Trial of Putin Foe Shows No Russian Investors Are Safe
“Are you totally out of your mind?” Russian newspaper tycoon Alexander Lebedev exclaimed as he jumped to his feet. He stared combatively at property developer Sergei Polonsky, who had taunted Lebedev for ridiculing his claim to be a major charity donor.
As tempers flared during the recording of a TV discussion in Moscow, the host appealed for calm, Bloomberg Markets magazine will report in its March issue. Seconds later, the athletic Lebedev punched Polonsky, knocking him off his chair, as seen in a video of the Sept. 16, 2011, incident that became a YouTube sensation.
More from the March 2013 issue of Bloomberg Markets:
In September of last year, after a yearlong investigation begun days after then-Prime Minister and now-President Vladimir Putin singled out Lebedev for criticism, prosecutors charged Lebedev with hooliganism over the incident, which was broadcast on state-controlled channel NTV.
He is scheduled to go on trial on Feb. 7, facing a sentence of up to five years in prison. Long a thorn in the Kremlin’s side, Lebedev could be sidelined as an opposition voice.
Moreover, a stint in jail could further erode Lebedev’s fortune, which he says has shrunk from $2 billion two years ago to several hundred million dollars because of official pressure on his businesses.
As for Putin, the imprisonment of Lebedev would eliminate yet another in a string of wealthy opponents of his 13-year rule and his determination to extend it.
For the past six years, Lebedev, 53, has taunted the Kremlin with his relentless campaign against corruption and the lack of democracy under Putin.
The Moscow-based businessman, a maverick former KGB colleague of Putin’s, finances Novaya Gazeta, a Russian newspaper that investigates graft and human rights abuses, and in the U.K. financially supports the Independent and London Evening Standard.
He says his Russian operations, which include potato farming, a bank and aviation holdings, are struggling to avoid losses because of government pressure. On Feb. 4, Russian aviation authorities grounded Lebedev’s Red Wings Airlines because of safety violations after five people died in the crash of a Red Wings plane in December at Moscow’s Vnukovo airport.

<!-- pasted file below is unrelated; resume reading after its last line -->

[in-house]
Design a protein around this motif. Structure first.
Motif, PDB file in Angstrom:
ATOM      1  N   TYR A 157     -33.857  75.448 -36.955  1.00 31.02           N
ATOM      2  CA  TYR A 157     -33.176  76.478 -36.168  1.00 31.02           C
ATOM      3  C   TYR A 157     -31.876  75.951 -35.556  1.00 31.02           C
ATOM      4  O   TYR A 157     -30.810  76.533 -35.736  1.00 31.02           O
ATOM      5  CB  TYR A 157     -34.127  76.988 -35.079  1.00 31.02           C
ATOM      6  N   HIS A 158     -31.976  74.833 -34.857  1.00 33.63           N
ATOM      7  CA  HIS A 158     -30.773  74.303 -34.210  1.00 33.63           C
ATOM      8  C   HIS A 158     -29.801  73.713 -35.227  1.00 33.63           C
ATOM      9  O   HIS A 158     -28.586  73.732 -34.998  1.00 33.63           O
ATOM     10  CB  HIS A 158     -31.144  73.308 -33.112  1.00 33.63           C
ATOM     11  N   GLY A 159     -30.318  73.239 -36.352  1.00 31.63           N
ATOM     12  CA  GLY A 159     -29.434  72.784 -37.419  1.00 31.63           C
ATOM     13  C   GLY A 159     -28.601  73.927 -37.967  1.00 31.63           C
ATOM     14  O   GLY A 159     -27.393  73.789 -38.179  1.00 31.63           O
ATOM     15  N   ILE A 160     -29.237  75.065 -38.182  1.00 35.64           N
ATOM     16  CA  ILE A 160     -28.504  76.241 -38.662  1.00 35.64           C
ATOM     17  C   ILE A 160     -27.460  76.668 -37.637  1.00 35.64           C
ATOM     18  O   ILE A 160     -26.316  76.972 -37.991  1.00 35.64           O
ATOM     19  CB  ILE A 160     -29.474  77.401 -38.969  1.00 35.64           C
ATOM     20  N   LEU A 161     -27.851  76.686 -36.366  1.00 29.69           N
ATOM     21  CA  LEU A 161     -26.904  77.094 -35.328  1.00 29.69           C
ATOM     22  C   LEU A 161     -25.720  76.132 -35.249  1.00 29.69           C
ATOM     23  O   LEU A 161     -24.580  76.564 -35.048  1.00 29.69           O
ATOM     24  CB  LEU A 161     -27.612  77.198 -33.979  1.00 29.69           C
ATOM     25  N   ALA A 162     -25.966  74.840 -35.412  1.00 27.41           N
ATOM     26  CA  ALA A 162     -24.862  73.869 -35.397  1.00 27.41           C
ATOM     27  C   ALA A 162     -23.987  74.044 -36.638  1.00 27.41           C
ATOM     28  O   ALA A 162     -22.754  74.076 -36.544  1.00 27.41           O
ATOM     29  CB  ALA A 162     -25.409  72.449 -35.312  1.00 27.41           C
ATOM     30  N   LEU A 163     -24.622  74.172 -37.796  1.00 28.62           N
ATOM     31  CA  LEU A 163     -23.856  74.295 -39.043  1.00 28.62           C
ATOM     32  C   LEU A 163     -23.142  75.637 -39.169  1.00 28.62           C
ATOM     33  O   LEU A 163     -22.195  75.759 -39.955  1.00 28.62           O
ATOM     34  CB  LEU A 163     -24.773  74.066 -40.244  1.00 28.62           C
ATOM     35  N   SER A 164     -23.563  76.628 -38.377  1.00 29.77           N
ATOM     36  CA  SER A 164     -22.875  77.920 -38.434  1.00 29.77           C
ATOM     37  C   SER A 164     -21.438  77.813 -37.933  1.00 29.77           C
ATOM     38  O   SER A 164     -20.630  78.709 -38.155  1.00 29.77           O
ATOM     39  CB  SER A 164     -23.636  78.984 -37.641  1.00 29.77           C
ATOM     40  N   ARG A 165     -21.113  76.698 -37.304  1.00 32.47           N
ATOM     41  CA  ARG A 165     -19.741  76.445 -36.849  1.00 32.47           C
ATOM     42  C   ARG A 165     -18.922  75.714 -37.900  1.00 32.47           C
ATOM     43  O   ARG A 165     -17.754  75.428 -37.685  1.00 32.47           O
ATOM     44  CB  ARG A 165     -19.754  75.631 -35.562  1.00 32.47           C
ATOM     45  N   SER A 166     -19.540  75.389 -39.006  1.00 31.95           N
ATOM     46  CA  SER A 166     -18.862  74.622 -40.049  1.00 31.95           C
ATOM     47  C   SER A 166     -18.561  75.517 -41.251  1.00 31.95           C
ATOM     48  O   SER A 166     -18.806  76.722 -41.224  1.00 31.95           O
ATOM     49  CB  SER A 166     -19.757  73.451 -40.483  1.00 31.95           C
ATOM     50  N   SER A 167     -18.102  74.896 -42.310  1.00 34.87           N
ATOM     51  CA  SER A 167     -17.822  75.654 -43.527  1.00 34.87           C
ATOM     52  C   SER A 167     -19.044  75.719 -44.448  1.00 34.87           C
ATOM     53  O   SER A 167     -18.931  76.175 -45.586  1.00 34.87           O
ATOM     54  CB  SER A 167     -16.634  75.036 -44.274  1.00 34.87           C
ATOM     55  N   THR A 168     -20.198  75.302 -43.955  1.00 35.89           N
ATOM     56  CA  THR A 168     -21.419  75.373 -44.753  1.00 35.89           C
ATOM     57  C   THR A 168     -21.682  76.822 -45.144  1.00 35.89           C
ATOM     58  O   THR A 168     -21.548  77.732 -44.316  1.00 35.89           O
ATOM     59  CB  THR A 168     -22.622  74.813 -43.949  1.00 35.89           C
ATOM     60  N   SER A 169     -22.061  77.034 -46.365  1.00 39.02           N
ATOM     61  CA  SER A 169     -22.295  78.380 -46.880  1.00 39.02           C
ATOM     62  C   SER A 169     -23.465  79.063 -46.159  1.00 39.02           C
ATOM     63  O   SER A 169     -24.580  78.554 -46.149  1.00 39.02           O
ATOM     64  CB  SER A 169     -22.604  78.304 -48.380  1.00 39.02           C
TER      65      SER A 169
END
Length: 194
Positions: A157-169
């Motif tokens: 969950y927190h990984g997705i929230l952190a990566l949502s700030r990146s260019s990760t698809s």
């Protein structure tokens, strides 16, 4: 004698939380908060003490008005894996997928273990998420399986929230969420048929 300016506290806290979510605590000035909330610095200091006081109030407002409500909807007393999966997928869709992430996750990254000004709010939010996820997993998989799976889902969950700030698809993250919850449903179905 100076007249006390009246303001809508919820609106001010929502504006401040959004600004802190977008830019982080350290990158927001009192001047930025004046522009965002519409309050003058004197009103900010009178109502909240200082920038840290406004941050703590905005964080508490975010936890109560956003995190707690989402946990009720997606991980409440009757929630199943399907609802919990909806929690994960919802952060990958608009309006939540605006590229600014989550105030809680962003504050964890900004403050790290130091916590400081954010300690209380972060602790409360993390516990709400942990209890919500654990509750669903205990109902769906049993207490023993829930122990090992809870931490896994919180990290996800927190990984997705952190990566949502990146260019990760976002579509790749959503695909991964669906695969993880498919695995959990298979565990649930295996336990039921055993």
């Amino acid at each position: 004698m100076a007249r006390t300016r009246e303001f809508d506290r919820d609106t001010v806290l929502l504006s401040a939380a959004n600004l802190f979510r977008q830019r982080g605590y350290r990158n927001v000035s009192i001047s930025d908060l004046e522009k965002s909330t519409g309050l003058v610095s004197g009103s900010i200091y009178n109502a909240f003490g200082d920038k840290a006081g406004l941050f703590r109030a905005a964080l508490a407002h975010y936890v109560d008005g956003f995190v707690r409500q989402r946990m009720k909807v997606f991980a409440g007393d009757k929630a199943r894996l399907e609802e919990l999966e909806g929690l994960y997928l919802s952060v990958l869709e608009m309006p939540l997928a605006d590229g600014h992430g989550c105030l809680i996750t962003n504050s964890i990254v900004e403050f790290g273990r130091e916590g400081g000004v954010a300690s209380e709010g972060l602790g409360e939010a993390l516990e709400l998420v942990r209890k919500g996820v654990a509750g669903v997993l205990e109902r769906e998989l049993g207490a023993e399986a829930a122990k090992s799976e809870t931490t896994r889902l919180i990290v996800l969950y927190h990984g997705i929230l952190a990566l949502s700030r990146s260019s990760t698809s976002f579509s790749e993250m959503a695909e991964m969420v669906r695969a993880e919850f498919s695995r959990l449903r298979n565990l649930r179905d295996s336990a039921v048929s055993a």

Doing business in Putin’s Russia can be a risky proposition.
Transparency International’s 2012 Corruption Perceptions Index ranked Russia as the world’s most corrupt major economy; among all economies, it ranked 133 out of 176, alongside Honduras and below Uganda and Nicaragua.
“The overall investment climate is extremely difficult,” says Christopher Granville, managing director of Trusted Sources UK Ltd., a London-based emerging-markets research group. “The basic problem is of a parasitic bureaucracy preying on business, which affects domestic business as much as or possibly more than foreign investors.”
The Sergei Magnitsky case shows just how dangerous things can get. Magnitsky, a lawyer for London-based Hermitage Capital Management Ltd. who alleged that Russian officials carried out a $230 million tax fraud, died in jail in November 2009.
After being denied medical care during almost a year in pre-trial detention on fabricated tax evasion charges, he was beaten to death, according to Russia’s Presidential Council for the Development of Civil Society and Human Rights.
The only official to go on trial over Magnitsky’s death, a prison doctor, was acquitted in December.
Lebedev is being prosecuted under an article of the Russian criminal code used to convict the anti-Putin female punk rock group Pussy Riot in August.
“They can put me in jail, destroy my business,” he says. Lebedev, who owns a private jet and has properties in five countries, says he could have fled Russia before charges were filed, when he was barred from leaving the country, but he chose not to.
“Why should I emigrate?” he says. “I was born here.”
The tycoon says he acted in self-defense during the TV studio fracas. Polonsky declined to comment. (Polonsky was detained in Cambodia over unrelated charges after allegedly threatening a boat crew with a knife on New Year’s Eve, an offense he denies.)
Polonsky’s Moscow-based lawyer, Alexander Dobrovinsky, says Lebedev is a “fantasist” who deserves jail time.
Andrei Kostin, a one-time London-based Soviet diplomat and former Lebedev business associate who now heads state-run VTB Group, Russia’s second-biggest bank, dismissed Lebedev’s claim he’s being persecuted.
“He’s nuts,” Kostin says. “He punched someone on television.”
Putin, 60, saw his popularity slide to almost 40 percent in December from 70 percent in 2008, according to the Moscow-based Public Opinion Foundation.
In March 2012, he secured a new six-year term in balloting that was criticized by international observers such as the Organization for Security and Cooperation in Europe.